Monday, September 12, 2005Being Mayor of New York isn't quite like being Mayor of any other city in America. It's a little like being Governor of state (NYC would rank in the top 10 or so), given the population. And there are a plenty of countries that are smaller. But beyond that, New York is the economic and cultural center of the United States and the world's de facto political capitol. It is therefore no small thing to decide who should lead it.
For the last three years or so I've lived New York City. I'm therefore hardly a native, but I have grown to love this town a great deal. It is here that I have learned to agree with Aristotle - there is something about cities that provides human goods available nowhere else. Whether it is the fact that I am cheek & jowl with every race and ethnicity, or the availability for great cultural institutions and civic space, or even the sheer size and diversity of the place - I have certainly discovered that living in New York is a truly unique experience.
But New York has a problem. For most of its history, there have been extremes of wealth and poverty. But it was also a place where working and middle class people had a real opportunity to make a living, educate their children, find a nice place to live, and start a business of their own. The winds of economic change have made this increasingly difficult all over the country, but particularly here in New York. Many of the city's workers are forced to live in New Jersey, Westchester, or Long Island because the schools are terrible and the rents too high. Every day a row of mom & pop stores gets replaced by a big box chain store. Every day a block of 100 year old brownstones gets torn down to make way for a high-rise luxury apartment building. So every day New York loses a little bit of its soul.
While these changes have occurred, the city has (strangely enough) been led by Republican mayors. Predictably, they have done everything they can to play off one ethnic group against another in an effort to maintain power. While doing so they have done nothing to address the fundamental problem of New York - can regular people afford to live here - while accelerating the process of destruction. Guiliani was in your face about it, which made him very controversial. Bloomberg has a softer voice, but he is actually more single-minded about destroying the essence of New York. When people express a liking for Bloomberg, it makes me extremely angry. Not only can they not point to one specific thing he has done to help the city, but they seem to forget all the things he has done to distract or damage it. So the ethnic diversity that has always been one of the great things about the city has been used against it: Jew against Hispanic against Black against Asian against whatever.
In 2005 we get to elect a Mayor. Fernando Ferrer, the former Bronx Borough President, has a great deal of experience but is clearly an unserious person, as witnessed by his absurd stock transfer tax. He is closely tied to one of the most corrupt political organizations in the country and I have no desire to see the city return to the days of Tammany Hall. The Bronx machine is also a tool in the hands of Puerto Rican nationalists who want to co-opt or marginalize every other ethnic group. Hardly a recipe for a great city.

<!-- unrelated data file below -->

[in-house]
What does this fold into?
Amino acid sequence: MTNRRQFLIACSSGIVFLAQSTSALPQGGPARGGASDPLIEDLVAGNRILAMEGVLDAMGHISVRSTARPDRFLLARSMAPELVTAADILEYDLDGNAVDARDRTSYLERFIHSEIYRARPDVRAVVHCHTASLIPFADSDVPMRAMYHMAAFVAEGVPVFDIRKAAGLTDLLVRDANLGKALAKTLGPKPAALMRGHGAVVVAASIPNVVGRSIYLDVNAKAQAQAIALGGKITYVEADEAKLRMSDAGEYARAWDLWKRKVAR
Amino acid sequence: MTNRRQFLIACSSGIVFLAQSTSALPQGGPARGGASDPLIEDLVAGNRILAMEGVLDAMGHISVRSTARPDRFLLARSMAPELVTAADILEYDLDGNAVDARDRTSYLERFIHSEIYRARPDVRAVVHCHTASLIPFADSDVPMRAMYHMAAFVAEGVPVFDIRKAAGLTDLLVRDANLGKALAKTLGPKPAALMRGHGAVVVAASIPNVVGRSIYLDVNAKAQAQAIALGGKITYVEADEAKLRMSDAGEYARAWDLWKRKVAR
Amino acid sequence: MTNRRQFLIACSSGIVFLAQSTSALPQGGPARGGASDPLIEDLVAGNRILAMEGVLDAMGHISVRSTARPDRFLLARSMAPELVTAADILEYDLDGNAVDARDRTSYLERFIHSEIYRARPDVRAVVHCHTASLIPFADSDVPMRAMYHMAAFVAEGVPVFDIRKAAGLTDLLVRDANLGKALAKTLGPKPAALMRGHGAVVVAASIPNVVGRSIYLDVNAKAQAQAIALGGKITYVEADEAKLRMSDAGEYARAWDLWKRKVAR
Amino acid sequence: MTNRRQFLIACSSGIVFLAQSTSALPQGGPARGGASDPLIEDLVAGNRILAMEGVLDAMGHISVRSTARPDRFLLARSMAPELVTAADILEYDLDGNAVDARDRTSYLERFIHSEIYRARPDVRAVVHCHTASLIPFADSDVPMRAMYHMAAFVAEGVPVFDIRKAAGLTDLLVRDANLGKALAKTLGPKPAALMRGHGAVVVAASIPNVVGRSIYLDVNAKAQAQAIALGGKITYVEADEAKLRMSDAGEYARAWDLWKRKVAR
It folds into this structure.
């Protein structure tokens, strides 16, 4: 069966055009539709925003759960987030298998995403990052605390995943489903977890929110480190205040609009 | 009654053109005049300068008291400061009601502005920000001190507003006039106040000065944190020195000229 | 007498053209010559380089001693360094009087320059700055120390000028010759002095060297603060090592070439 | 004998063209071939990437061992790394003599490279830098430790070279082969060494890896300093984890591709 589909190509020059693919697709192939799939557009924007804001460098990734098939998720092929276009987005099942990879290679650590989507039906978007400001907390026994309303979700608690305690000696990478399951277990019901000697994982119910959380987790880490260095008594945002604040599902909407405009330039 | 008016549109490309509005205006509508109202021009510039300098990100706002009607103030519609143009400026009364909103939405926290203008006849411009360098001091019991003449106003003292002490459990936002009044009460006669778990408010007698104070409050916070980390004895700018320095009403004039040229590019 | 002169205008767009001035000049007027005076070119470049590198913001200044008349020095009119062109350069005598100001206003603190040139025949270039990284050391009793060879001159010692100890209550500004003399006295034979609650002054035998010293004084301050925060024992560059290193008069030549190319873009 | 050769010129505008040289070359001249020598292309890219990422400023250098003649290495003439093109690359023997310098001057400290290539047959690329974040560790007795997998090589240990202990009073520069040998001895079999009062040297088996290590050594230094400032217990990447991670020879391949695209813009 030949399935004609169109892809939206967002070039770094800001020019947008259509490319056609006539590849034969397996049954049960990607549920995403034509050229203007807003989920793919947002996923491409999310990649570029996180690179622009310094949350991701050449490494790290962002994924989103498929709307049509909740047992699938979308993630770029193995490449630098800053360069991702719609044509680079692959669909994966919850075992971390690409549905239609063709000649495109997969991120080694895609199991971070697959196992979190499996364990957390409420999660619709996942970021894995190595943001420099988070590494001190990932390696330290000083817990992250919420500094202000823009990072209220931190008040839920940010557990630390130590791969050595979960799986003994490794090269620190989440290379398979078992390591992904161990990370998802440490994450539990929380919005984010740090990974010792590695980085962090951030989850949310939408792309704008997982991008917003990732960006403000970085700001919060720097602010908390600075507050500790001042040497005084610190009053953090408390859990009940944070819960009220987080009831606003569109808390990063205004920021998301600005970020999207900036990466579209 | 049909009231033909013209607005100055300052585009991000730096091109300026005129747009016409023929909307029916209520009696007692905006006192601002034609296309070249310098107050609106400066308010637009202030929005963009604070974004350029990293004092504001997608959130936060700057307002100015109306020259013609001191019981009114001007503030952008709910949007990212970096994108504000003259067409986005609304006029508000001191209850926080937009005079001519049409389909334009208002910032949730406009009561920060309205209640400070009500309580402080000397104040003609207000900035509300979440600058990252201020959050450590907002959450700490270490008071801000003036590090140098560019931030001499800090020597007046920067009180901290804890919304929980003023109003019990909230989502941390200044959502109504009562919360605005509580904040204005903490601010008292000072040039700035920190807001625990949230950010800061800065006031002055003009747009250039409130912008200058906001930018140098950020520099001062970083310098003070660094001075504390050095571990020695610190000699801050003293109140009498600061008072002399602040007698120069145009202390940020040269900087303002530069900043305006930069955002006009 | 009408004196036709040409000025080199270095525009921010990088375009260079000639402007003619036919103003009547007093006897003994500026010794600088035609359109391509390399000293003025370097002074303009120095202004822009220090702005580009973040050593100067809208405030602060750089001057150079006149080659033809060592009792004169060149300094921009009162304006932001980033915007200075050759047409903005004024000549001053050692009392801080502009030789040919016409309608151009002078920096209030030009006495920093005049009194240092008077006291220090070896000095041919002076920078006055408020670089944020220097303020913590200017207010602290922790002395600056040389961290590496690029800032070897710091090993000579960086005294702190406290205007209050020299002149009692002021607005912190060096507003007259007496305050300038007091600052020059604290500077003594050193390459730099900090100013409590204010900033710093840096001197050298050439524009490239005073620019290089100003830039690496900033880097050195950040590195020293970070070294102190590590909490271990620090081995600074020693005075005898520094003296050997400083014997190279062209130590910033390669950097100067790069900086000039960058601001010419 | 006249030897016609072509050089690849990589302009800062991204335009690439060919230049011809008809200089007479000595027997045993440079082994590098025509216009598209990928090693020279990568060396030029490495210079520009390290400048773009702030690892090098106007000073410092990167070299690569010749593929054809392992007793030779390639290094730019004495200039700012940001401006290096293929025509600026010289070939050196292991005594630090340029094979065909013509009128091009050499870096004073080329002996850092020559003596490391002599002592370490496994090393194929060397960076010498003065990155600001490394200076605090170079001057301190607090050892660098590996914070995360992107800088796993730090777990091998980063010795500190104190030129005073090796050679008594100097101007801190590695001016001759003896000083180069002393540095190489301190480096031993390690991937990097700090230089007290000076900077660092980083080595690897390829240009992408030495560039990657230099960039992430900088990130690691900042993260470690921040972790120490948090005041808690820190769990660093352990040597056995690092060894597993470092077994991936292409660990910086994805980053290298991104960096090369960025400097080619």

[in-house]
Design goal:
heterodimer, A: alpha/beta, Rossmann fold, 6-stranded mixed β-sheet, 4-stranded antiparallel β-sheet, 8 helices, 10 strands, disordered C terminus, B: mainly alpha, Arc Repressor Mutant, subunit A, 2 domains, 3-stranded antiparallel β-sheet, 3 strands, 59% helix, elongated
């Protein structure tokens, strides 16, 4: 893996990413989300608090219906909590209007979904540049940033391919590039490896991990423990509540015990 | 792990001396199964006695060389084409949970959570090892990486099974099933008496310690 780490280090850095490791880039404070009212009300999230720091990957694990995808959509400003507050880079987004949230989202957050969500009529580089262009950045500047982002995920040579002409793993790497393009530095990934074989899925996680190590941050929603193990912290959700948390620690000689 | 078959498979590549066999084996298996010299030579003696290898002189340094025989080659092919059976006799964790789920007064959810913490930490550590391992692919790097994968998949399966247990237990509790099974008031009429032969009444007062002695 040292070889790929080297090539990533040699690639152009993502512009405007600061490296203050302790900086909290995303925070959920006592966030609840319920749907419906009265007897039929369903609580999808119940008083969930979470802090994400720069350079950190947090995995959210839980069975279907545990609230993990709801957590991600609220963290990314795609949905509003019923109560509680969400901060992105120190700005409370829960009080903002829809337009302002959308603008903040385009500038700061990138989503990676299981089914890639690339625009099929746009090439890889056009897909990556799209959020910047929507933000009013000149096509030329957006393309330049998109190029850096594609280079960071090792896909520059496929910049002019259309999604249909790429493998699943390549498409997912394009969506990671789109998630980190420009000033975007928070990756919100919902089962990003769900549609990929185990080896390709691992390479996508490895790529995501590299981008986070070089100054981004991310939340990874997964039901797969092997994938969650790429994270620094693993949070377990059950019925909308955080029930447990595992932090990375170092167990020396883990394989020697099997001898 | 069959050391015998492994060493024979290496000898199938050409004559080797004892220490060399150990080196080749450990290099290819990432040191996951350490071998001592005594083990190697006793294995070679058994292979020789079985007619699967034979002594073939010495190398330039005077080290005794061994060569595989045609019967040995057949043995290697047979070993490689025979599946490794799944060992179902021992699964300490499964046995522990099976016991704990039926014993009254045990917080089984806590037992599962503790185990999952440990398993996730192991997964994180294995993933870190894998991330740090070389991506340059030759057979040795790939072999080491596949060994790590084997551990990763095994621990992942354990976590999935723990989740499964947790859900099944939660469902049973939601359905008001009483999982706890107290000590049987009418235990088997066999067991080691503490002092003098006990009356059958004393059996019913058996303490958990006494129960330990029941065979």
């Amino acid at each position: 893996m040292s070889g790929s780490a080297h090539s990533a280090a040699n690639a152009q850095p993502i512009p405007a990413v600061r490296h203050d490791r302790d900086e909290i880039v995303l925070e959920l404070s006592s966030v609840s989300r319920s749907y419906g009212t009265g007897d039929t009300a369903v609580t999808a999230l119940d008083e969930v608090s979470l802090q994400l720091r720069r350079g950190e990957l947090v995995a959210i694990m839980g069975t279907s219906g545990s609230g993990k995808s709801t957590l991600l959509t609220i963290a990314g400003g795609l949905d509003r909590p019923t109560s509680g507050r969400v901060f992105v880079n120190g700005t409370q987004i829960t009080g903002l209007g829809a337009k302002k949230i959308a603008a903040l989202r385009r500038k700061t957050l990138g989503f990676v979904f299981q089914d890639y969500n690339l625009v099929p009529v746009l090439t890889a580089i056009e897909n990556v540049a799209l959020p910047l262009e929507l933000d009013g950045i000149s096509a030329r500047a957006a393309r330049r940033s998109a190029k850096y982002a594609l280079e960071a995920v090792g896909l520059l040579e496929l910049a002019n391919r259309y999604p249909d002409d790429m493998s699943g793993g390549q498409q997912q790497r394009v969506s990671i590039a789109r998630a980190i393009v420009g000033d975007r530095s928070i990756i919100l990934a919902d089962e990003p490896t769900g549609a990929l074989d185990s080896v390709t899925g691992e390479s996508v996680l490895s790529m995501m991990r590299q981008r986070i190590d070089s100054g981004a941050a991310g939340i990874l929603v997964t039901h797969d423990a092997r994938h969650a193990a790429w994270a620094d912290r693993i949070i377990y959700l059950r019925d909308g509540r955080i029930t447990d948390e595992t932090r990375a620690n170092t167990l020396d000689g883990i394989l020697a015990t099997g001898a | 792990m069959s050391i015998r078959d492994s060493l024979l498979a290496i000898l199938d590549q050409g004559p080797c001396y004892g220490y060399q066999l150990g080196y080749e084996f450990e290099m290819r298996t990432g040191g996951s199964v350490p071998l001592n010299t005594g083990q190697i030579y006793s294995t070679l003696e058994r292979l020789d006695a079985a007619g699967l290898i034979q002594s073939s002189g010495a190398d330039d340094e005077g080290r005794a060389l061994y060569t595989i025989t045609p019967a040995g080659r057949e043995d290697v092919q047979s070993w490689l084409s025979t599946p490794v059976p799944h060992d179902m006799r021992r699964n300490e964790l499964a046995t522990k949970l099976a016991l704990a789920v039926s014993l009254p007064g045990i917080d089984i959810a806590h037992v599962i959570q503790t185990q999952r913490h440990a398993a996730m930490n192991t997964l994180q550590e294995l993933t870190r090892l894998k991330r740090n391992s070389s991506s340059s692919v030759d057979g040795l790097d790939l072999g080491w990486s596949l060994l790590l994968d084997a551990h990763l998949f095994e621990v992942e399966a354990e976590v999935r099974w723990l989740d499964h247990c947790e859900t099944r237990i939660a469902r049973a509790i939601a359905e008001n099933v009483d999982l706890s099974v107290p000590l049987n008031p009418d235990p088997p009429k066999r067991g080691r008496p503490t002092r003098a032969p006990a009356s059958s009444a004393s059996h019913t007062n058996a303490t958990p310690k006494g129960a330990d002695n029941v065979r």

Virginia Fields, the Manhattan Borough President, is a very nice woman. I've talked to her. She is also boring, long-winded, without ideas, and weak. In a prosperous era when there is little to running New York I might support her - it'd be nice to have a woman mayor - but I'm afraid she just isn't up to the challenge.
Gifford Millor is the Speaker of the New York City Council. He's been a very effective leader and I like some of his ideas - particularly his renter's tax credit. But he's run into some problems with borderline campaign finance practices and has run a pretty flawed campaign. It's been about his ideas, which is good. But this is an age of personality politics, and he's told us nothing about him. More importantly, his positive accomplishments as Speaker have largely been in cooperation with Bloomberg, which makes it hard for him to really distinguish himself from the Mayor.
And finally there is Anthony Weiner. A 40-year old congressman from the outer boroughs, he has a middle-class background and is full or energy and policy suggestions. I'm not crazy with everything he has proposed (such as a 10% tax cut paid for by an increase in the tax on millionaires - something that is fiscally risky and that requires permission from the state), but some of his other notions - like strengthening discipline in the classroom, expanding ferry service, and taking over the MTA, I like very much. More importantly, his entire campaign has been focused on a simple proposition: New York must be led by a Mayor who understands what it is like to struggle and who is focused on the difficulty of a middle-class person making a go of it in this town. He has therefore, I believe, put his finger on the essential problem facing New York. It's smart politics, it transcends racial messages for social ones, and it is exactly the right question to ask. Which is why I'm going to get up at 5Am tomorrow and spend all day campaigning for him.
Wish me luck.